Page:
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The problem you pose is the weak version of a classical result in harmonic analysis, which does not require the continuity nor the compactness of the support of the datum $f$: in order to prove this stronger result, first note that  \begin{align} \int\limits_{\Bbb R} f\big(l(t)\big)\mathrm{d}t=0\:\text{ for every}&\text{ straight line } l\subsetneq\Bbb ...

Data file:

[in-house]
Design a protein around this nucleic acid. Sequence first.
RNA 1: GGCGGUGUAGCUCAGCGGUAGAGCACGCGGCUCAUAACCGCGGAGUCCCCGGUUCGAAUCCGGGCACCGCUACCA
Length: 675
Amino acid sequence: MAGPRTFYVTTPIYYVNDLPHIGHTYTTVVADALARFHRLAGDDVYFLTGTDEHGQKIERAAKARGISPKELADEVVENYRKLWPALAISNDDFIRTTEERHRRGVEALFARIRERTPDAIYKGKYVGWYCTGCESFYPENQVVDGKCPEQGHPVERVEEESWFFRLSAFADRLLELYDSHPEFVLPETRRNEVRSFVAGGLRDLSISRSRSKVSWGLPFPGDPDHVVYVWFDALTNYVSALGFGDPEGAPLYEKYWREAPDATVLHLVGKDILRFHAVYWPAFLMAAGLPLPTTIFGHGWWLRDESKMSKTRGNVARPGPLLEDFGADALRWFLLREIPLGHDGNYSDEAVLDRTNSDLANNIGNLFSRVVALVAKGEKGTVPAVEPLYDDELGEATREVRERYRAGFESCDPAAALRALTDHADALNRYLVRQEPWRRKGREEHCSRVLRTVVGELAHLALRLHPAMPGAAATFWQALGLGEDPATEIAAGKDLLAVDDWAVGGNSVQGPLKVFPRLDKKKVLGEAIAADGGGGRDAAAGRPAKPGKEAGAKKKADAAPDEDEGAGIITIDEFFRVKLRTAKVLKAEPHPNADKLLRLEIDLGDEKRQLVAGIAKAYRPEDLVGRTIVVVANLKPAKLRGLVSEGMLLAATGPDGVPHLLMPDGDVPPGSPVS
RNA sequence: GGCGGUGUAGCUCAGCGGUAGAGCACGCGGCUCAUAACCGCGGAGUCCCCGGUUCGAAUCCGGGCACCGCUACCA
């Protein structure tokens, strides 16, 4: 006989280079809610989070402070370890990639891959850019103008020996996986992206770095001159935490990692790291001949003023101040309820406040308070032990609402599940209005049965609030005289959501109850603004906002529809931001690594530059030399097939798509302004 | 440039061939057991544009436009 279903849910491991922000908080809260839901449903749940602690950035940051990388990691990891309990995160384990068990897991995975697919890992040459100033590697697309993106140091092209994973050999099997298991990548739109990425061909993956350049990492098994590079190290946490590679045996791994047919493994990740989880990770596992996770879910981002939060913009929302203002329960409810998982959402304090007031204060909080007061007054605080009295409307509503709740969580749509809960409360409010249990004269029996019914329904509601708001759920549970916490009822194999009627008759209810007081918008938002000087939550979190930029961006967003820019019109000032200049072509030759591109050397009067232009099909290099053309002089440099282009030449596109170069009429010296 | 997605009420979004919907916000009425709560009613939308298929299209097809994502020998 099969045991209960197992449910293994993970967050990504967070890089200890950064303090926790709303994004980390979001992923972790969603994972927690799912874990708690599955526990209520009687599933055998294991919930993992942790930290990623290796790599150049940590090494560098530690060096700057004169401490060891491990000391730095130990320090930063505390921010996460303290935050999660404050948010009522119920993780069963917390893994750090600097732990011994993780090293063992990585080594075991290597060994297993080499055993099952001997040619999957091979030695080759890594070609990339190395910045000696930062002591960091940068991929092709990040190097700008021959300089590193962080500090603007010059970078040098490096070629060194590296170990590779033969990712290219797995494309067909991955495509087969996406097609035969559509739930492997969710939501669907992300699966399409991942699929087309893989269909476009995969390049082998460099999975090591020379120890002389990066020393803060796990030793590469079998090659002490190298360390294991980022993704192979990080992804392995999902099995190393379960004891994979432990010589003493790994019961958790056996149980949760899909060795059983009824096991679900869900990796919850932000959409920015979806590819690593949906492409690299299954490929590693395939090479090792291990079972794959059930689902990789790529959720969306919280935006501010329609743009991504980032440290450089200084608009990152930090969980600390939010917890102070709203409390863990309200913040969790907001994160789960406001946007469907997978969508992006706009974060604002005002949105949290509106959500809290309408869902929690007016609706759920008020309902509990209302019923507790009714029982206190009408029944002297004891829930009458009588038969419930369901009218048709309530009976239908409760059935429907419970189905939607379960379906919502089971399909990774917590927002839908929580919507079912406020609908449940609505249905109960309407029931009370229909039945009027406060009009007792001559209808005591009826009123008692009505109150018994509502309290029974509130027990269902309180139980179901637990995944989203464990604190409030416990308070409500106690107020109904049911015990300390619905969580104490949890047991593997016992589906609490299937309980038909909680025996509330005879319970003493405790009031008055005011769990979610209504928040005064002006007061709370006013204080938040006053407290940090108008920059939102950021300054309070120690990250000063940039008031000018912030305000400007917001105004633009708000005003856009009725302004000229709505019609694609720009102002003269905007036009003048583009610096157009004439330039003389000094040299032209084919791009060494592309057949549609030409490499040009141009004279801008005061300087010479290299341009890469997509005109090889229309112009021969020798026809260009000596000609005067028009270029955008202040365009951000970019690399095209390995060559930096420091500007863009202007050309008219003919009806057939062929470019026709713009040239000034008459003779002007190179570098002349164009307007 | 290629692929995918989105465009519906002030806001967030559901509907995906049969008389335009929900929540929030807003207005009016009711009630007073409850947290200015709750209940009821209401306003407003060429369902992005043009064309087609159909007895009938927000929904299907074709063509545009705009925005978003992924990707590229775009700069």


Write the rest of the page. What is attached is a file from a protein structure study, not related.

You can easily check the following proposition. Let $E\subset \mathbb R^N$ be a measurabe set. If $f$ and $g$ are two functions defined on $E$ satisfying $f=g$ for a.e.$x\in E$, then $f$ is measurable if and only if $g$ is measurable. In this problem, we can thus assume $f\neq0$ on $I$. Since $\frac1x$ is a continuous function on $\mathbb R- \{0\}$, $\... 2 Suppose there exists$p\in\mathbb{R}^2$with$f(p)\neq 0$, then WLOG (by replacing$f$by$-f$if necessary) we might assume$f(p)>0$. But then by continuity of$f$there exist$\varepsilon>0$such that$f(x)>f(p)/2$for all$x$with$\|x-p\|\leq\varepsilon$, which then gives that the integral of$f$over every line contained in$B(p,\varepsilon)$... 2 You may find this useful for real analysis, and this for functional analysis. Moreover, you can find more video courses here about some other topics in mathematics. If Chinese is OK to you, this course from Shanghai Jiao Tong University is acessible. 1 Let$\mu (\emptyset)=0$and$\mu (A)=\infty$for every non-empty set$A$. Then any sequence$(f_n)$of measurable functions converges in measure to any measurable function$f$! 1 Let$D=A(B(0,1))$. Then$E_{\eta}=\{x:d(x,D) <\eta \}$. We know that$T(B(0,r))\subset \{x:rD)<\eta r\}$. [ By linearity of$A$,$rD$is same as$A(B(0,r))$]. Now$x \in E_{\eta}$iff$rx \in \{x:rD)<\eta r\}$. [This follows from the fact that$\|ry\|=r\|y\|$]. Hence$m(T(B(0,r)) \leq m(rE_{\eta})=r^{k}m(E_{\eta})<r^{k}\epsilon\$. Notation used: ...